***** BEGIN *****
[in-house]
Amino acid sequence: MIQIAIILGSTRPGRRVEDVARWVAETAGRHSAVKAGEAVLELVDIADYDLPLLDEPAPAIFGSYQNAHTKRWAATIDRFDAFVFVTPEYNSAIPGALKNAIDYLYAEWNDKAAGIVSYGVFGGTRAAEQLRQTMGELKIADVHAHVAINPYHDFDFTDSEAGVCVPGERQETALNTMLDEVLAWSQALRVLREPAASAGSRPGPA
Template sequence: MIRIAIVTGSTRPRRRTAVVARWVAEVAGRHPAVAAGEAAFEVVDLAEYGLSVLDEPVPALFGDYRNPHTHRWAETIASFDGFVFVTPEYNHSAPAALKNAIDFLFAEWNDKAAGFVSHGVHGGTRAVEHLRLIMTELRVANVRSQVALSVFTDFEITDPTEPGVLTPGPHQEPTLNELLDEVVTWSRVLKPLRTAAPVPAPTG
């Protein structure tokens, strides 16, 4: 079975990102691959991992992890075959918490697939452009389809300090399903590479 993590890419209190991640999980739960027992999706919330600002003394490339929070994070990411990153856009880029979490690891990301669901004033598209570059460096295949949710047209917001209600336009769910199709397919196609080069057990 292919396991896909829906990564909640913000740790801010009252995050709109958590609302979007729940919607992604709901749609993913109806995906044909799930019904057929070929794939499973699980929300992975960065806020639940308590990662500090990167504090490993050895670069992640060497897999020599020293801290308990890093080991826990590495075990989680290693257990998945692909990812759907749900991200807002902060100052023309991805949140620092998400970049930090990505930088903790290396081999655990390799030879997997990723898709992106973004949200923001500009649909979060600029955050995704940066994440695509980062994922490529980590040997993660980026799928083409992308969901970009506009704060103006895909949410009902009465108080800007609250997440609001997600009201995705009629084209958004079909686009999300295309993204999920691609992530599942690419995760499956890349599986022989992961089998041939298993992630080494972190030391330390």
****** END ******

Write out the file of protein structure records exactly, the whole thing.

[in-house]
Amino acid sequence: MIQIAIILGSTRPGRRVEDVARWVAETAGRHSAVKAGEAVLELVDIADYDLPLLDEPAPAIFGSYQNAHTKRWAATIDRFDAFVFVTPEYNSAIPGALKNAIDYLYAEWNDKAAGIVSYGVFGGTRAAEQLRQTMGELKIADVHAHVAINPYHDFDFTDSEAGVCVPGERQETALNTMLDEVLAWSQALRVLREPAASAGSRPGPA
Template sequence: MIRIAIVTGSTRPRRRTAVVARWVAEVAGRHPAVAAGEAAFEVVDLAEYGLSVLDEPVPALFGDYRNPHTHRWAETIASFDGFVFVTPEYNHSAPAALKNAIDFLFAEWNDKAAGFVSHGVHGGTRAVEHLRLIMTELRVANVRSQVALSVFTDFEITDPTEPGVLTPGPHQEPTLNELLDEVVTWSRVLKPLRTAAPVPAPTG
């Protein structure tokens, strides 16, 4: 079975990102691959991992992890075959918490697939452009389809300090399903590479 993590890419209190991640999980739960027992999706919330600002003394490339929070994070990411990153856009880029979490690891990301669901004033598209570059460096295949949710047209917001209600336009769910199709397919196609080069057990 292919396991896909829906990564909640913000740790801010009252995050709109958590609302979007729940919607992604709901749609993913109806995906044909799930019904057929070929794939499973699980929300992975960065806020639940308590990662500090990167504090490993050895670069992640060497897999020599020293801290308990890093080991826990590495075990989680290693257990998945692909990812759907749900991200807002902060100052023309991805949140620092998400970049930090990505930088903790290396081999655990390799030879997997990723898709992106973004949200923001500009649909979060600029955050995704940066994440695509980062994922490529980590040997993660980026799928083409992308969901970009506009704060103006895909949410009902009465108080800007609250997440609001997600009201995705009629084209958004079909686009999300295309993204999920691609992530599942690419995760499956890349599986022989992961089998041939298993992630080494972190030391330390």